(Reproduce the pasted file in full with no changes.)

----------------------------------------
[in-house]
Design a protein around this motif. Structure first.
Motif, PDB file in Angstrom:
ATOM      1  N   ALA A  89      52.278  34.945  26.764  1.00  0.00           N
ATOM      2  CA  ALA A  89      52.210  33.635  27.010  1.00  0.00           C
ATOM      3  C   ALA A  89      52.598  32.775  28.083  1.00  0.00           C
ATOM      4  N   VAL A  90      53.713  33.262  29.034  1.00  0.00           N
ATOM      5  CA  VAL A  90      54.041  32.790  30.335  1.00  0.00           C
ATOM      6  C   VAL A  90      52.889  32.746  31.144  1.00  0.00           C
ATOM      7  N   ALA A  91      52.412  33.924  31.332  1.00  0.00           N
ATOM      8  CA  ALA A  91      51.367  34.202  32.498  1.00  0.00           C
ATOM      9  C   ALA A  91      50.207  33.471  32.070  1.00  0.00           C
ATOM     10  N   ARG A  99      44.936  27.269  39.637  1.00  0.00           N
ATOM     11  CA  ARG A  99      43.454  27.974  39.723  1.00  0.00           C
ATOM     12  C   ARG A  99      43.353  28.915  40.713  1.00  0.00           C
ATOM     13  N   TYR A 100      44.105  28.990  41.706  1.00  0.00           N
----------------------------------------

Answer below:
[in-house]
Design a protein around this motif. Structure first.
Motif, PDB file in Angstrom:
ATOM      1  N   ALA A  89      52.278  34.945  26.764  1.00  0.00           N
ATOM      2  CA  ALA A  89      52.210  33.635  27.010  1.00  0.00           C
ATOM      3  C   ALA A  89      52.598  32.775  28.083  1.00  0.00           C
ATOM      4  N   VAL A  90      53.713  33.262  29.034  1.00  0.00           N
ATOM      5  CA  VAL A  90      54.041  32.790  30.335  1.00  0.00           C
ATOM      6  C   VAL A  90      52.889  32.746  31.144  1.00  0.00           C
ATOM      7  N   ALA A  91      52.412  33.924  31.332  1.00  0.00           N
ATOM      8  CA  ALA A  91      51.367  34.202  32.498  1.00  0.00           C
ATOM      9  C   ALA A  91      50.207  33.471  32.070  1.00  0.00           C
ATOM     10  N   ARG A  99      44.936  27.269  39.637  1.00  0.00           N
ATOM     11  CA  ARG A  99      43.454  27.974  39.723  1.00  0.00           C
ATOM     12  C   ARG A  99      43.353  28.915  40.713  1.00  0.00           C
ATOM     13  N   TYR A 100      44.105  28.990  41.706  1.00  0.00           N